(Editor’s note: Secretary of Agriculture Sonny Perdue on April 1 proclaimed “Invasive Plant Pest and Disease Awareness Month.” The following illustrates some of the research that USDA’s National Institute of Food and Agriculture supports to control invasive pests in agriculture.)
Good things come in small packages, right? Not always.
Oftentimes, what may appear to be a vibrant field of pastoral charm or gently blowing golden waves of grain are actually battlefields where small invading armies threaten the nation’s economic, social, and environmental well-being.
“Nearly every terrestrial, wetland, and aquatic ecosystem in the United States has been invaded by non-native species, with economic losses estimated at $137 billion per year,” said Robert Nowierski, national program leader for biobased pest management at USDA’s National Institute of Food and Agriculture (NIFA).
NIFA is in the vanguard of the fight to control, mitigate, and eradicate invasive pests, through funding and national program leadership. NIFA’s invasive pest portfolio includes sponsorship of four Regional Integrated Pest Management (IPM) Centers; establishment of the National Plant and Animal Diagnostic Laboratory Networks; and funding State Agricultural Experiment Station projects, the regional research and extension efforts of multi-state committees, and plant production and protection research conducted through the Small Business Innovation Research program.
IPM is an ecosystem-based strategy that focuses on long-term prevention of pests or their damage through a combination of techniques, such as biological control, habitat manipulation, modification of cultural practices, use of resistant varieties, and minimizing the use of pesticides. Benefits of IPM include greater survival of a pest’s natural enemies, slower development of pesticide resistance, less pest resurgence, fewer outbreaks of secondary pests, less negative impact on the environment, and greater worker safety. In addition, many farmers report greater profits because they’ve reduced their expenses on pesticide.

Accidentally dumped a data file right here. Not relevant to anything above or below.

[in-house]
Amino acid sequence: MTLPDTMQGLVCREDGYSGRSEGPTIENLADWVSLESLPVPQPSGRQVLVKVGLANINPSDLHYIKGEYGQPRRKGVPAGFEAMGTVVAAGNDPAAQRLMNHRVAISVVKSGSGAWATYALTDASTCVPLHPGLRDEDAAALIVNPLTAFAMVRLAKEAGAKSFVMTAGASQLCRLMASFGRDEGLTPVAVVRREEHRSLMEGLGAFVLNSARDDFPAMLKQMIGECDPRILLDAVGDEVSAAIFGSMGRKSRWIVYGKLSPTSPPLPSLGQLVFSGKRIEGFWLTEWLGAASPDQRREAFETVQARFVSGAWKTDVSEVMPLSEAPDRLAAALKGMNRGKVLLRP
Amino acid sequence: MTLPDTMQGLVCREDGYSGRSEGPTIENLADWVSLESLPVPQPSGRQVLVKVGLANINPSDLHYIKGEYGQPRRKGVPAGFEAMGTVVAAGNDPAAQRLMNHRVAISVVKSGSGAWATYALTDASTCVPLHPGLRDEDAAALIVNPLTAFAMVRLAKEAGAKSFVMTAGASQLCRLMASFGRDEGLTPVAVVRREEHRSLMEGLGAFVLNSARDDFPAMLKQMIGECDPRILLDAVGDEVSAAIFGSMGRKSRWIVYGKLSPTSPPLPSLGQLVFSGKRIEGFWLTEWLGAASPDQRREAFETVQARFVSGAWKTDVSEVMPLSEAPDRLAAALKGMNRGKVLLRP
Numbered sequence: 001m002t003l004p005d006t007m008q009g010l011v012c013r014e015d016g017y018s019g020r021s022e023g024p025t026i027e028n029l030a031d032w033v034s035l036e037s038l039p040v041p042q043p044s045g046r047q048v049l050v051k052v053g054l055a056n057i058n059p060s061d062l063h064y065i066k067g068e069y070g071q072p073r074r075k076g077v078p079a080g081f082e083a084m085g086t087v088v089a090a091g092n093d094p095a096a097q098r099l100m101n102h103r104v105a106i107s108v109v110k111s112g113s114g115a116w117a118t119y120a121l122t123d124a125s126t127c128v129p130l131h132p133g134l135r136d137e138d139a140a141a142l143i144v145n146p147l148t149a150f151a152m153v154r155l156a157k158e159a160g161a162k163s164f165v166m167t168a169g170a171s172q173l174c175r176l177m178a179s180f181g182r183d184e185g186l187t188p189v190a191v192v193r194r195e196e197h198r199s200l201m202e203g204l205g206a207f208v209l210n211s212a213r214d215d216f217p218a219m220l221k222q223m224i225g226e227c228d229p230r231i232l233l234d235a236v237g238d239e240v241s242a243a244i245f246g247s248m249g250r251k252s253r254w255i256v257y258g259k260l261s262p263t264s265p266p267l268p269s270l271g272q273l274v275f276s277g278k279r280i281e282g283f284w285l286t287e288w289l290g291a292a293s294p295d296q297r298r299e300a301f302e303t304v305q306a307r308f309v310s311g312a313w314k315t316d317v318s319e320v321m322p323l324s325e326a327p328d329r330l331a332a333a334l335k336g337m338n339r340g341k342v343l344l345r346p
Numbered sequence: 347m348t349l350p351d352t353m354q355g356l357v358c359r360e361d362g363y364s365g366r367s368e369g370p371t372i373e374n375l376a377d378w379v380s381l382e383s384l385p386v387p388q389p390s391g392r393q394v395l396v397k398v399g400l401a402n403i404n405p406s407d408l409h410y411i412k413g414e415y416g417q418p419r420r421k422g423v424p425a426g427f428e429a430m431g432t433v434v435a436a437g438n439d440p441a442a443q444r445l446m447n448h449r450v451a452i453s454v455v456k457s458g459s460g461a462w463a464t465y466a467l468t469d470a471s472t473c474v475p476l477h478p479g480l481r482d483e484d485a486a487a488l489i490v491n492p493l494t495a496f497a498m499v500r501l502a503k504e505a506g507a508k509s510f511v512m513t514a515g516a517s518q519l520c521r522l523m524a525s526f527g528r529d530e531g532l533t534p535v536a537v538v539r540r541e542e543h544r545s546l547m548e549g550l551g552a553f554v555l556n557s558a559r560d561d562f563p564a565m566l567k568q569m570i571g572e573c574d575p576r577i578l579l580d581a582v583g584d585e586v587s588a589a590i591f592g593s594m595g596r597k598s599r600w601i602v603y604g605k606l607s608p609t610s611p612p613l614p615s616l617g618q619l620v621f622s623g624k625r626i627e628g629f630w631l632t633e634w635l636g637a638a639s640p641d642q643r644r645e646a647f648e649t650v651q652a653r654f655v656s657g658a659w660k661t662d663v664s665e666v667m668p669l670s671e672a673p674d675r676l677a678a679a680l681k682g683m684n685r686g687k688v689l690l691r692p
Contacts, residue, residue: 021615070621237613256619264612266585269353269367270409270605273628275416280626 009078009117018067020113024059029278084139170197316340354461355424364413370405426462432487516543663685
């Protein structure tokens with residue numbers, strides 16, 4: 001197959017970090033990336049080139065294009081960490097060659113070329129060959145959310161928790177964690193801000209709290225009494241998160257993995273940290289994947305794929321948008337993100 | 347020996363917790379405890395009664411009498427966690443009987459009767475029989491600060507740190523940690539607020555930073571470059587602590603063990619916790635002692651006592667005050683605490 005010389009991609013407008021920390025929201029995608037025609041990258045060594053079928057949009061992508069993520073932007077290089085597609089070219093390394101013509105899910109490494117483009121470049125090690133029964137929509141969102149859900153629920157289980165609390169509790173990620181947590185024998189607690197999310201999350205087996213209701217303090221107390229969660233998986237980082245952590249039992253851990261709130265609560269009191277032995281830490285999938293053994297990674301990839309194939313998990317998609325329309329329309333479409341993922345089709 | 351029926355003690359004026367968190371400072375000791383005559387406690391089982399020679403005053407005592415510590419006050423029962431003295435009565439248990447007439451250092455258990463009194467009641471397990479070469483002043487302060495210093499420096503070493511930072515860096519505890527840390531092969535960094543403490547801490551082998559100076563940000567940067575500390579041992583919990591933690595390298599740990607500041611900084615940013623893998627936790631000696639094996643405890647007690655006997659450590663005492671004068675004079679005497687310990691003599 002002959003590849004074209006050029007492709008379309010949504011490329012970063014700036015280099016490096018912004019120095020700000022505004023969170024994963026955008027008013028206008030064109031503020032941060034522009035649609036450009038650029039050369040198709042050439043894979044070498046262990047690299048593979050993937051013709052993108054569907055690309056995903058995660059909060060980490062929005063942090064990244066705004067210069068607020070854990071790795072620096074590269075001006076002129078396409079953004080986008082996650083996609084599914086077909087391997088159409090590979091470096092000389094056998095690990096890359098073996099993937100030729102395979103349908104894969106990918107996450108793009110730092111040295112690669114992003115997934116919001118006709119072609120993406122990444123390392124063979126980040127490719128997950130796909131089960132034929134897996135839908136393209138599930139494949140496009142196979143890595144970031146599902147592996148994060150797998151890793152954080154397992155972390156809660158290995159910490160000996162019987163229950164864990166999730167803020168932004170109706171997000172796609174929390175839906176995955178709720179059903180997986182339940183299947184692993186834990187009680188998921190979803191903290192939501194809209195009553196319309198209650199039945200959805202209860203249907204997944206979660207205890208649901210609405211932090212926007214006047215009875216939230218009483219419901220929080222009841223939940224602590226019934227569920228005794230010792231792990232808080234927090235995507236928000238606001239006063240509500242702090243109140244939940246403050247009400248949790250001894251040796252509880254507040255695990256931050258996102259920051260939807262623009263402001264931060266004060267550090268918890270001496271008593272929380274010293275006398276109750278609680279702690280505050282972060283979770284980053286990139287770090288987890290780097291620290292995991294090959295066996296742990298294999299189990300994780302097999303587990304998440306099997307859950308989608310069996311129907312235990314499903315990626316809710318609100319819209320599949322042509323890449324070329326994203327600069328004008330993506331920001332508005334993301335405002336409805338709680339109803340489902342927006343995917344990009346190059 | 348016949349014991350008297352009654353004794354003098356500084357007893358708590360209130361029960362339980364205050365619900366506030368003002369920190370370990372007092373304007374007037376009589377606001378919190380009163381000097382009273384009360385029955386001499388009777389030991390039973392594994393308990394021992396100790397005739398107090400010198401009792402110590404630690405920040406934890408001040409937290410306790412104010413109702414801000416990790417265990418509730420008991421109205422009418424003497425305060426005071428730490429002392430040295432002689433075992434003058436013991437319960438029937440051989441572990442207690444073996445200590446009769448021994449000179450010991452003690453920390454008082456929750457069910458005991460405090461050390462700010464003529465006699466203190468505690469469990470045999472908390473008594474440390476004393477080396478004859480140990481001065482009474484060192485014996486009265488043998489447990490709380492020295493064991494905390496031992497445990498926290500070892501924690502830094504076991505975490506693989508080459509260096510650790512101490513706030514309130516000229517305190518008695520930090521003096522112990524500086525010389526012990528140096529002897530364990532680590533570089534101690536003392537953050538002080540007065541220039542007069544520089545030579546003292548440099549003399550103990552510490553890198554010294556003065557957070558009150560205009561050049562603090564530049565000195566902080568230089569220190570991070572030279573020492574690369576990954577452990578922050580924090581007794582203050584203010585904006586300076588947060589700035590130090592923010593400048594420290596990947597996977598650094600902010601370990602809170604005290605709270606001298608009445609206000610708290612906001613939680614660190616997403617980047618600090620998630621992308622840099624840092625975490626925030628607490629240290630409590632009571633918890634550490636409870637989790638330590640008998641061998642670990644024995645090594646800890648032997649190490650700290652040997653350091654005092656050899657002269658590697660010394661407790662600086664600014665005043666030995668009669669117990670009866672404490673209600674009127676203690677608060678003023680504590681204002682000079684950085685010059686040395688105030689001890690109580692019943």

NIFA’s programs support projects from research discovery, through research and development, to extension education and implementation of plans. Some of the higher profile invasive pest projects include the brown marmorated stink bug, spotted wing drosophila, West Nile virus, and the spotted lanternfly.
According to Nowierski, the spotted lanternfly is probably the showiest of the invasive species pests. “I was on an invasive species field tour last year and visited a farmer’s grape vineyard severely impacted by the spotted lanternfly. He lost half-a-million dollars from spotted lanternfly damage to his 40-acre vineyard in 2017!”
NIFA invests in and advances agricultural research, education, and extension and seeks to make transformative discoveries that solve societal challenges.
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Are the lantern flies in Florida...I have a spotted like bug like this that will not leave the outside of my house. I took a picture of it and it looks similar minus the red undercoat, but I didn't get that close to tell. I zoomed in really good. I'm curious to know what I should avoid.
@Angelica Hobbs - thank you for your comment. The spotted lanternfly (Lycorma delicatula) has been reported primarily in Pennsylvania, but also other states in the Mid-Atlantic and New England regions. We recommend you contact your local county Cooperative Extension office or the Insect ID Lab (PDF, 484 KB) at University of Florida’s Institute of Food and Agricultural Sciences (UF IFAS) to investigate.